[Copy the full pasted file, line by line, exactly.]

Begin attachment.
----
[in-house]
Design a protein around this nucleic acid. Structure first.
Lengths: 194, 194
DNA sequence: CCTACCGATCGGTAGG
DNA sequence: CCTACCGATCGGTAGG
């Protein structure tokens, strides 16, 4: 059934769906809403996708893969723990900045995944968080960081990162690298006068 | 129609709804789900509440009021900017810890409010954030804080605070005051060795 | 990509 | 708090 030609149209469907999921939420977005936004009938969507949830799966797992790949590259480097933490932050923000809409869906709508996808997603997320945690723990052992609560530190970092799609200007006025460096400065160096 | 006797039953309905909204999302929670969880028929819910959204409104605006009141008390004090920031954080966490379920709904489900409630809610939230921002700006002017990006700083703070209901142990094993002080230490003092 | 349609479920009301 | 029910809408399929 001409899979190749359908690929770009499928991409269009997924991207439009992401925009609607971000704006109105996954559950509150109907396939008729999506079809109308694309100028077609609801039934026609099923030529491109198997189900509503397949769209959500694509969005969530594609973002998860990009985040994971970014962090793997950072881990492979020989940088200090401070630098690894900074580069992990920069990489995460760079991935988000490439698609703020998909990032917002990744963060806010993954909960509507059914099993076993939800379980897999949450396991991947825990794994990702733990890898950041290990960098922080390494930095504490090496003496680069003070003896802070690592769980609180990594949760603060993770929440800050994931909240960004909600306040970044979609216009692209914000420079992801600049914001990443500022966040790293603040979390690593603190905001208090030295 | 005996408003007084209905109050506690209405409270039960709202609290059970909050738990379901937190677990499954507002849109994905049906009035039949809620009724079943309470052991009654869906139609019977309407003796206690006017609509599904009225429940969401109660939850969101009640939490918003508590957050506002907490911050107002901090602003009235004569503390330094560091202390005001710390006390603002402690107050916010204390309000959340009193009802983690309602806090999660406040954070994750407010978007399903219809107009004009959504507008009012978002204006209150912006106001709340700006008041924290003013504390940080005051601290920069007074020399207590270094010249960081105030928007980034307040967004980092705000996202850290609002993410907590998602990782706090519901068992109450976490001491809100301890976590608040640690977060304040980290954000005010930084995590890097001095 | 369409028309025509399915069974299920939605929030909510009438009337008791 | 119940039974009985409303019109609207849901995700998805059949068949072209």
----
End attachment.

[in-house]
Design a protein around this nucleic acid. Structure first.
Lengths: 194, 194
DNA sequence: CCTACCGATCGGTAGG
DNA sequence: CCTACCGATCGGTAGG
């Protein structure tokens, strides 16, 4: 059934769906809403996708893969723990900045995944968080960081990162690298006068 | 129609709804789900509440009021900017810890409010954030804080605070005051060795 | 990509 | 708090 030609149209469907999921939420977005936004009938969507949830799966797992790949590259480097933490932050923000809409869906709508996808997603997320945690723990052992609560530190970092799609200007006025460096400065160096 | 006797039953309905909204999302929670969880028929819910959204409104605006009141008390004090920031954080966490379920709904489900409630809610939230921002700006002017990006700083703070209901142990094993002080230490003092 | 349609479920009301 | 029910809408399929 001409899979190749359908690929770009499928991409269009997924991207439009992401925009609607971000704006109105996954559950509150109907396939008729999506079809109308694309100028077609609801039934026609099923030529491109198997189900509503397949769209959500694509969005969530594609973002998860990009985040994971970014962090793997950072881990492979020989940088200090401070630098690894900074580069992990920069990489995460760079991935988000490439698609703020998909990032917002990744963060806010993954909960509507059914099993076993939800379980897999949450396991991947825990794994990702733990890898950041290990960098922080390494930095504490090496003496680069003070003896802070690592769980609180990594949760603060993770929440800050994931909240960004909600306040970044979609216009692209914000420079992801600049914001990443500022966040790293603040979390690593603190905001208090030295 | 005996408003007084209905109050506690209405409270039960709202609290059970909050738990379901937190677990499954507002849109994905049906009035039949809620009724079943309470052991009654869906139609019977309407003796206690006017609509599904009225429940969401109660939850969101009640939490918003508590957050506002907490911050107002901090602003009235004569503390330094560091202390005001710390006390603002402690107050916010204390309000959340009193009802983690309602806090999660406040954070994750407010978007399903219809107009004009959504507008009012978002204006209150912006106001709340700006008041924290003013504390940080005051601290920069007074020399207590270094010249960081105030928007980034307040967004980092705000996202850290609002993410907590998602990782706090519901068992109450976490001491809100301890976590608040640690977060304040980290954000005010930084995590890097001095 | 369409028309025509399915069974299920939605929030909510009438009337008791 | 119940039974009985409303019109609207849901995700998805059949068949072209």